Dave Newmark: Rookie on the Spot, 1969

[In 1969, Fawcett Publications released its annual True’s Basketball Yearbook. On the cover were the usual, eye-catching glossies of NBA stars Elgin Baylor, Wilt Chamberlain, and Jerry West in action. More unusual was the magazine’s table of contents, particularly a brief article on page 12 that touted two NBA rookies on the spot. 

The first was no surprise. San Diego’s Elvin Hayes, the top pick in the NBA’s college draft. The other Johnny “on the spot” literally wasn’t anyone’s top choice: Chicago’s Dave Newmark. The seven-footer from Columbia University was a third-round pick (31st selection) and was largely unknown outside of his native New York. 

What landed Newmark in the preseason spotlight was his Ivy League credentials. Everyone loves an underdog, and rarely did an Ivy Leaguer make a big splash in the NBA. The following article, which has no byline, makes the case that Newmark might be the exception. Unmentioned, though, Chicago selected two big men before him in the draft, including the extra-large Tom Boerwinkle of Tennessee.

The article is reprised here because we like Dave Newmark. It’s as simple as that. Also, as the Youtube video below attests, there were lots of future pros on the loose in the Ivy League in Newmark’s day.]


In joining the Chicago Bulls as a 7-foot-1 rookie Dave Newmark has height going for him, but not history. Newmark is out of Columbia, the Ivy League, and only one Ivy League product, Rudy LaRusso, has made it big in the NBA. 

Of the 250-odd players who have scored more than 3,000 points in their NBA careers, LaRusso, who played at Dartmouth a decade ago, is the only one with an Ivy League background. Several other Ivy League players have had an NBA opportunity, notably Bill Bradley in his current whirl with the New York Knickerbockers, but only LaRusso of the San Francisco Warriors had made it big.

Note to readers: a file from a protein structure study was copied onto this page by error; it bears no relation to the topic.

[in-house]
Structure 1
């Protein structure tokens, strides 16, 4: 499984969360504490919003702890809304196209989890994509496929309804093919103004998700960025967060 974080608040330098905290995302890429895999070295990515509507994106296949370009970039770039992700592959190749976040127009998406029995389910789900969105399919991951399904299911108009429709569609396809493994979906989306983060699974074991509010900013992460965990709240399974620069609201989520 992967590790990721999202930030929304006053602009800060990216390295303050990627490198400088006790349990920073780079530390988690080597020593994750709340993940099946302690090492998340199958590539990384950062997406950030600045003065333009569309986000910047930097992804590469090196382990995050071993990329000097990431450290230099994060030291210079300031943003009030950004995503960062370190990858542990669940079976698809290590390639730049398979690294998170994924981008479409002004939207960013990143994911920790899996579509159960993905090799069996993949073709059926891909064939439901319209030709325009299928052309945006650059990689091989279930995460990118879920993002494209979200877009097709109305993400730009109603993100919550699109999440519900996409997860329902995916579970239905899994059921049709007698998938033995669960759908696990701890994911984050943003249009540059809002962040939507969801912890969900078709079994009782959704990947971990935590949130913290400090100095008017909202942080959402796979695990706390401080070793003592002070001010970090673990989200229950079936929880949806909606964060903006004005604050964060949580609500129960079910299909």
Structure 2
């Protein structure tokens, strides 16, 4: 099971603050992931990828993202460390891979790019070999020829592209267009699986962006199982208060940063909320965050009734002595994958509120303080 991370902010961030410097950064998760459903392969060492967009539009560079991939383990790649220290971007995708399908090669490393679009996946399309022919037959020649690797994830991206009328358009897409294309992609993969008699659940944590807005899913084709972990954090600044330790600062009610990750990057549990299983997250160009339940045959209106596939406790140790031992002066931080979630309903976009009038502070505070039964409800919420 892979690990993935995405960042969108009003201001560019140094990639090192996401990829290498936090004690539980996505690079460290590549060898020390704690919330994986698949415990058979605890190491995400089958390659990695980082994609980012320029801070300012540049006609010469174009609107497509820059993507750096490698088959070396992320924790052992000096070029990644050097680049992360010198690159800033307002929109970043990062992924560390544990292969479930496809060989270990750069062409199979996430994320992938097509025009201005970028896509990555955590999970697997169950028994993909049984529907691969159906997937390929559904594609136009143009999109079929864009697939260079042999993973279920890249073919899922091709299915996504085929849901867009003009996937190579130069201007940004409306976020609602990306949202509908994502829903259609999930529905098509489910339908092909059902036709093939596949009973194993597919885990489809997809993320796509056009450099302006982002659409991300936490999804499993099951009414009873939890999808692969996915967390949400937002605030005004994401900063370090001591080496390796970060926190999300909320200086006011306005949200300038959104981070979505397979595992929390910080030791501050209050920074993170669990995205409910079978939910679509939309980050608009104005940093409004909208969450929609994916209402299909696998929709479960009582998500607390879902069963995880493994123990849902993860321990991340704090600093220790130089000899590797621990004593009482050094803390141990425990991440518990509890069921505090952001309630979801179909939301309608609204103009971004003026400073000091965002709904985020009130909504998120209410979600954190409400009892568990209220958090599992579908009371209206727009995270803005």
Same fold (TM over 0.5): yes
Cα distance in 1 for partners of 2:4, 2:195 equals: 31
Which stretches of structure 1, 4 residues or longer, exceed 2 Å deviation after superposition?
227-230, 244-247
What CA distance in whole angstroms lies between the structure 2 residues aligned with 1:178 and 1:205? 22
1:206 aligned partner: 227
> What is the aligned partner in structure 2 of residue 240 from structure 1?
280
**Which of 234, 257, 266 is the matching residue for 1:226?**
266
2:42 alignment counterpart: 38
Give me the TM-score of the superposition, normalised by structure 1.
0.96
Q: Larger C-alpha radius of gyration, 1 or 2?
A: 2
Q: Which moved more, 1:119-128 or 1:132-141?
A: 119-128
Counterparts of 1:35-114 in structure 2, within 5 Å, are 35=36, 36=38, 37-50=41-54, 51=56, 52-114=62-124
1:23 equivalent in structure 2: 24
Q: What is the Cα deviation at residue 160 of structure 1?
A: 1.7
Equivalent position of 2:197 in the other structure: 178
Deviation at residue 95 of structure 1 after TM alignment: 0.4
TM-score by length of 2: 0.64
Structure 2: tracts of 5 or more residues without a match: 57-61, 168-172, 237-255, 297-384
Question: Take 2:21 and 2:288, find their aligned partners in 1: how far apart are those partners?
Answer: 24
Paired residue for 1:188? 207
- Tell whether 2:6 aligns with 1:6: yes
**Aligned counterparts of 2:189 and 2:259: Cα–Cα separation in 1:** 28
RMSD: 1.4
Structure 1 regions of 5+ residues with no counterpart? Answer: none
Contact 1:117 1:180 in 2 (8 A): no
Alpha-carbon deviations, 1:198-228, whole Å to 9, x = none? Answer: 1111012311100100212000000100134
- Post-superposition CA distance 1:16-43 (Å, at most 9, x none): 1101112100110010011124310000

“But we think Newmark will, too,” says Dick Klein, the owner of the Bulls. “That’s why we went after him.”

Newmark had another season of eligibility at Columbia. He did not play two years ago because of a serious tonsillitis attack that weakened his slender frame. He had averaged 23.6 points a game as a sophomore, and when he returned last season, he accumulated less points, a 16.8 average. 

But he was the big man in Columbia’s rise to the Ivy League championship. At midseason, he had aided the Lions in winning the Holiday Festival Tournament at Madison Square Garden, where he battled Westley Unseld of Louisville, a performance that surely impressed the NBA scouts.

“Our reports,” said Klein, “tell us that Newmark can become one of the best big man in the NBA.”

If he does, the Bulls should develop into a contender in the Western Division. Now in their third season, they have not had a dependable center, and no team is capable of challenging for a championship without a quality center. 

Perhaps the best example of this is the Cincinnati Royals. In their brilliant backcourtman, Oscar Robertson, and their solid cornerman, Jerry Lucas, the Royals possess two of the NBA’s best players at those positions, but they lack a center and, as a result, they do not even come close to challenging for divisional honors. 

In obtaining Newmark, the Bulls lured him with a lucrative contract because he had intended to remain at Columbia for another season. “When they made their offer,” Newmark says, “I decided that I could get my degree in American history in the offseason. With the kind of money that they offered me, it would have been foolish for me to turn it down.”

Until the Bulls chose and signed him, Newmark had been ill-starred. As a freshman, he was pushing open a glass door when it shattered, gashing one of his wrists. As a junior, he suffered his tonsilitis. But when he is healthy, he has displayed the potential of a pro, despite the weaker competition in the Ivy League. 

“In the NBA,” says Klein, “he’ll have to be a little heavier in order to stand up to the schedule, but we’ll fatten him up.”